CO-PICKS OF THE WEEK
Jailhouse Rock (B+)
U.S.; Richard Thorpe, 1957, Warner Bros.
This smoky show, with Elvis in his youthful prime as jailbird-turned rebel-rocker Vince Everett, has its flaws. But it's still his best fiction movie (along with Flaming Star and King Creole) and a real pop culture landmark: an early unabashed, no-apologies rock movie celebration. It also has one the greatest rock movie musical numbers ever: Elvis burning down the house with the wipeout Lieber-Stoller title number "Jailhouse Rock." ("Warden threw a party in the county jail! Prison band was there and they began to wail!") That number alone makes the movie a classic.
Extras: Commentary by Steve Pond, featurette, trailer.
Elvis: That's the Way It Is (A)
U.S.: Denis Sanders, 1970 & 2001, Warner Bros.
Elvis in his mature prime, as the King of Vegas in a fantastic concert film (in two versions). The soundtrack album is the record that, relatively late, turned me on to Presley. He may be wearing white lounge suits and showing a little flab, but nobody can sing either "You've Lost that Lovin' Feelin" or "Bridge Over Troubled Water" like this (nor the lesser known gem "I've Lost You"). Fun too: Elvis clowning around at rehearsal.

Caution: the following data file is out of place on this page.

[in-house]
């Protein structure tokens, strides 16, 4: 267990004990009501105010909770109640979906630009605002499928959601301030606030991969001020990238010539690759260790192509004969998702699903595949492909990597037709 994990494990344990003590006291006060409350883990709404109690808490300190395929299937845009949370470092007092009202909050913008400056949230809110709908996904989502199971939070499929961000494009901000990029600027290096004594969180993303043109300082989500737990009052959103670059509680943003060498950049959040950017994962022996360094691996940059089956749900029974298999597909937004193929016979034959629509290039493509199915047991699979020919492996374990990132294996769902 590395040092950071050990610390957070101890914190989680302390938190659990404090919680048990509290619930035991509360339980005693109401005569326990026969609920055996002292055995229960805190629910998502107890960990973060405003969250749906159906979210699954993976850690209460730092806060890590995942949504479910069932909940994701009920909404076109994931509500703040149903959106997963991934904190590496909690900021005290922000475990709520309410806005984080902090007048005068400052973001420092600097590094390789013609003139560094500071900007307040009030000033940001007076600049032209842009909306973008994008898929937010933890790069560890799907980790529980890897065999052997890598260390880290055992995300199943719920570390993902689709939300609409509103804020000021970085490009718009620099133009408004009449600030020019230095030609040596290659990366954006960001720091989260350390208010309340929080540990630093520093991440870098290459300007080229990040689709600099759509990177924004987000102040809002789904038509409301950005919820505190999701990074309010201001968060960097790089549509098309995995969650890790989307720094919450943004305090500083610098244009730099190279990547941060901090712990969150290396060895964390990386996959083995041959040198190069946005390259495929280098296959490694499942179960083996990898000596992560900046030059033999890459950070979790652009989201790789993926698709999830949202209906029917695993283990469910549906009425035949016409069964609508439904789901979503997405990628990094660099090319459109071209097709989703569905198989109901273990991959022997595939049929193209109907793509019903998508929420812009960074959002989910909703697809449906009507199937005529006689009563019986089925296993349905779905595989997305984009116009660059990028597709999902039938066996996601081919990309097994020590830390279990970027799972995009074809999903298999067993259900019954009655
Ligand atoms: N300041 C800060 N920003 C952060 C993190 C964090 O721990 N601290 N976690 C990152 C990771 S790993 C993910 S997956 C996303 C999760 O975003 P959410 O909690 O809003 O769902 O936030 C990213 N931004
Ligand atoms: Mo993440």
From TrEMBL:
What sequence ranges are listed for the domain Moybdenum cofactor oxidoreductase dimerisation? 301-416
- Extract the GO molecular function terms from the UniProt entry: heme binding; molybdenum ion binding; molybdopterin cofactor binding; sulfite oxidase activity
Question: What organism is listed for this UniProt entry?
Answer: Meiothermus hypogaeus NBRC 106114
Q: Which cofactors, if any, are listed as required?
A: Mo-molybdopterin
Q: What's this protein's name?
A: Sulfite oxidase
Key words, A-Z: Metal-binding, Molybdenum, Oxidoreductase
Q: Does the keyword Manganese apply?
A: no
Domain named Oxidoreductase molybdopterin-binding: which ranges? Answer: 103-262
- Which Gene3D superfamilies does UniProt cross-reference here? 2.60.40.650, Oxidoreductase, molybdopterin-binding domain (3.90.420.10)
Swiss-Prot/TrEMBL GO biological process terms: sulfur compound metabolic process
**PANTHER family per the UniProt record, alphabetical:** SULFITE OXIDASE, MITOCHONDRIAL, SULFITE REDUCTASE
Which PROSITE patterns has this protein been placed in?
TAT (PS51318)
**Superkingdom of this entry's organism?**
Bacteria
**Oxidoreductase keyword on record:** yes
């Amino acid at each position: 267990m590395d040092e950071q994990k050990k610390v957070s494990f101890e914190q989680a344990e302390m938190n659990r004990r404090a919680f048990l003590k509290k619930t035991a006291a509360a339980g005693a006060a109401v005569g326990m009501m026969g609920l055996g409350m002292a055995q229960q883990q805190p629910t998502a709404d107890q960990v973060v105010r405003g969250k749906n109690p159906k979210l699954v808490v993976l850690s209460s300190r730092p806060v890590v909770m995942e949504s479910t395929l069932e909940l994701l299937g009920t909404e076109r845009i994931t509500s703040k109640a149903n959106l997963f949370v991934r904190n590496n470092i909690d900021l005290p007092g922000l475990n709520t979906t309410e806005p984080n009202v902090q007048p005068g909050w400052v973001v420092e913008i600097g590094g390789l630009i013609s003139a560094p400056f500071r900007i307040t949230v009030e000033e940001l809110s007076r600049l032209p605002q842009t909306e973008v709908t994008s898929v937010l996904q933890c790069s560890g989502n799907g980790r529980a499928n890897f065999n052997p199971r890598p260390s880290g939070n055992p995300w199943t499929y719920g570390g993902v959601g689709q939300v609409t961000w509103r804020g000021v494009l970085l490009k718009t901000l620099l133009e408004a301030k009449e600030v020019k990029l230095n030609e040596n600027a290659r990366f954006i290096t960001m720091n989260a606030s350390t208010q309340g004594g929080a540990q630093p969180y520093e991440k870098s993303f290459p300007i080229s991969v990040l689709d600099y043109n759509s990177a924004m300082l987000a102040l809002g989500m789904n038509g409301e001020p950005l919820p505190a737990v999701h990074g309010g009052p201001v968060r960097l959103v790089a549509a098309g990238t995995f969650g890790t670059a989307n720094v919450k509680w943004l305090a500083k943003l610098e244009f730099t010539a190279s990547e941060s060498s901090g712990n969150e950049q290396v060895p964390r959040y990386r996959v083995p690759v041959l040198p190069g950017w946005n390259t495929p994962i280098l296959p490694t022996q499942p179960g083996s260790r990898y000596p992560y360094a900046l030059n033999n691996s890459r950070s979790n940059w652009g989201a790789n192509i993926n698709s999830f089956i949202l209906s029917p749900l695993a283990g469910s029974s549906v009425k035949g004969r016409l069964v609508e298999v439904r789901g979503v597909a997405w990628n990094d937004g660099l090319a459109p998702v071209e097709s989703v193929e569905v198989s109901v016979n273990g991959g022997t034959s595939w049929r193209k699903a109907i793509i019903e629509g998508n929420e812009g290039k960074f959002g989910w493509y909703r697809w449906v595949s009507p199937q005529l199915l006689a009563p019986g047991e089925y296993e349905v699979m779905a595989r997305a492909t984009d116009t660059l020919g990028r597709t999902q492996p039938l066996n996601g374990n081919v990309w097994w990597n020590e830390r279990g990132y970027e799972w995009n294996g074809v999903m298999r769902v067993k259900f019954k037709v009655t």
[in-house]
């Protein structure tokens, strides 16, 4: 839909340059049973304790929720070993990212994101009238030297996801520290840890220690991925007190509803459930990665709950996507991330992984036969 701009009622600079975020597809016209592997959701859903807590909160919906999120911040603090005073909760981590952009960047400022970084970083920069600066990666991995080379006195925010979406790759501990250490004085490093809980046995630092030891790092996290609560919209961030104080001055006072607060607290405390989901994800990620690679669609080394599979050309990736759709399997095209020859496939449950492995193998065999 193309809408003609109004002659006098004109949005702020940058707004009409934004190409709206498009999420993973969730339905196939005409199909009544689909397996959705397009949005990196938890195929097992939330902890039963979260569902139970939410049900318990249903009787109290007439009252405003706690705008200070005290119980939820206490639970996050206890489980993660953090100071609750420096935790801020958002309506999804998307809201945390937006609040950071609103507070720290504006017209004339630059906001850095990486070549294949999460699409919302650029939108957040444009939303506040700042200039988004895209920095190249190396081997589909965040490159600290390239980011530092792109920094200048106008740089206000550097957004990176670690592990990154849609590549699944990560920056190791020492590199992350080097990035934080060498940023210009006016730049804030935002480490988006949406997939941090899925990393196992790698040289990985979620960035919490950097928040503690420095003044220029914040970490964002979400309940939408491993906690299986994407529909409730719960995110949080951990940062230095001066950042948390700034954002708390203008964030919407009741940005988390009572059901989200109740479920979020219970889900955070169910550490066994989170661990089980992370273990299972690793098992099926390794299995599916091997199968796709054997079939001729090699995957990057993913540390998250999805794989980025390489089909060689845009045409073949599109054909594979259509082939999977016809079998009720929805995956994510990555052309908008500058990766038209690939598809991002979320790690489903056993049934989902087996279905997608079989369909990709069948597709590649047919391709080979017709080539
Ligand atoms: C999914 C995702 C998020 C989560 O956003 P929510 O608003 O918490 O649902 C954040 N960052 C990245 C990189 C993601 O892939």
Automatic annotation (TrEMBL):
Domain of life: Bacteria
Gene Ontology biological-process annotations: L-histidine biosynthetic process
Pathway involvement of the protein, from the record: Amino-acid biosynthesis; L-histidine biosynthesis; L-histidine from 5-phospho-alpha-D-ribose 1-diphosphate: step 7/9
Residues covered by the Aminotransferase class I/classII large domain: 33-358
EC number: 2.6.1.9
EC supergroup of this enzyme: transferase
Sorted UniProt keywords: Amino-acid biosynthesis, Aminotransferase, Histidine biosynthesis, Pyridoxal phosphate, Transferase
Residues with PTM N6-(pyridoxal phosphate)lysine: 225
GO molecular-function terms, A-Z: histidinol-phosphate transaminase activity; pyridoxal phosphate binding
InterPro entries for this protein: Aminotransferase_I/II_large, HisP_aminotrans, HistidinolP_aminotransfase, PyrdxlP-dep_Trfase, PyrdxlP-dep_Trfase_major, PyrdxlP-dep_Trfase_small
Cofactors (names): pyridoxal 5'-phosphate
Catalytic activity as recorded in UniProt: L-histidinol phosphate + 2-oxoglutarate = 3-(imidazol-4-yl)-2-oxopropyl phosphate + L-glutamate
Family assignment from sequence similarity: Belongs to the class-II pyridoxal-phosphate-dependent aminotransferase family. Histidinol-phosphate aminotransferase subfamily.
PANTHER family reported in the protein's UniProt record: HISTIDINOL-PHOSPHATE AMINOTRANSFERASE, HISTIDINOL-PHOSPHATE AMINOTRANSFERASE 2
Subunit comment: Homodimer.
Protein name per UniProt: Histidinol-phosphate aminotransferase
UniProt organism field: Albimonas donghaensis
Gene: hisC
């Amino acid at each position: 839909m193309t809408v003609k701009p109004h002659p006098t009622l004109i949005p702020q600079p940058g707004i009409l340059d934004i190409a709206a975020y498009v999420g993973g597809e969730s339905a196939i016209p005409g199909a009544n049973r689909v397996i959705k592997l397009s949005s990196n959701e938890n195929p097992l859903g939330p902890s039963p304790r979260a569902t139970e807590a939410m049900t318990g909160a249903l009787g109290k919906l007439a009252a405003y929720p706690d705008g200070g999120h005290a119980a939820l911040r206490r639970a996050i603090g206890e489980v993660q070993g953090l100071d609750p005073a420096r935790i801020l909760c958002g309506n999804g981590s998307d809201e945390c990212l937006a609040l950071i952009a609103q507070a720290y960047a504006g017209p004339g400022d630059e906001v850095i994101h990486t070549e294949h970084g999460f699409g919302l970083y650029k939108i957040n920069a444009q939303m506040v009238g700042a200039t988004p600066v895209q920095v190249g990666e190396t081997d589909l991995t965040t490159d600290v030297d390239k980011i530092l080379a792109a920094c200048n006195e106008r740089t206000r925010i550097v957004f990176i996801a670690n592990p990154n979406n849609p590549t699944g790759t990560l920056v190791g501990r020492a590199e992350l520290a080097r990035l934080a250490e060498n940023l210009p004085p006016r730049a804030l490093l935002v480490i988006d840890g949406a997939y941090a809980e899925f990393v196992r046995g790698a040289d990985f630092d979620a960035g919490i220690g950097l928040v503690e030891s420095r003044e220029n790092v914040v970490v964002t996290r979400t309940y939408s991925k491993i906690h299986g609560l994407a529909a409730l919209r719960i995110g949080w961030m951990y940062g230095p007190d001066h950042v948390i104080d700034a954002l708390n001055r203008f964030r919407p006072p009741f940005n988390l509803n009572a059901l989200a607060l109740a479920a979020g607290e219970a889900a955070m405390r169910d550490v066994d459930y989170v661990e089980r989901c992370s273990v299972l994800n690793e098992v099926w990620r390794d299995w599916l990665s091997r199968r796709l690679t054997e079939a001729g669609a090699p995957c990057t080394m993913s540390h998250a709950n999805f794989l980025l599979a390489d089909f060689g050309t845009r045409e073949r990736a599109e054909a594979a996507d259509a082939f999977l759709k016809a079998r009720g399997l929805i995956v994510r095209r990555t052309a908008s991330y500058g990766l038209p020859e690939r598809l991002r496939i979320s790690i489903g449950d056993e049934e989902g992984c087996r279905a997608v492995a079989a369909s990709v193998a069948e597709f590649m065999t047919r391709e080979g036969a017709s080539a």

Extras: Featurettes, outtakes, trailer.
BOX SET PICK OF THE WEEK
Film Noir Classic Collection, Volume 4 (A)
U.S., various directors, 1946-55, Warner Bros.
Why does film noir never die? Even more than westerns and musicals, noir-the stylish American movie crime thriller and child of the mating of German film expressionism and the hard-boiled American crime and detective story-always seems to stay popular, both in its classic form and in the new variants called neo-noir. (One terrific example of the latter: this year's Oscar-winner by Marty Scorsese, The Departed.)
Shamuses! Gumshoes! Coppers! Gunsels! Gangsters! Femme fatales in slinky gowns! All those shivery, shadowy film noir archetypes, either in their original '40s-'50s incarnations, or in the more contemporary models (Mafiosi! Serial killers! Druggies! Cop spies!): Audiences like 'em and critics love 'em. So do I. There's nothing like a good classic late night '40s-'50s black and white noir like Touch of Evil, The Maltese Falcon or Double Indemnity to really cool you out.
Latest example of the recycling noir trend, and a very, very good one: Warner Bothers' "Film Noir Collection classic Collection, Volume 4," a prime set of new-to-DVD noirs. You'd think they'd be running out of them after the long-running Warners, Fox and Universal series, but no. This set has ten solid noirs, all with featurettes and salty commentaries (from James Ellroy, Richard Schickel, Eddie Mueller and others).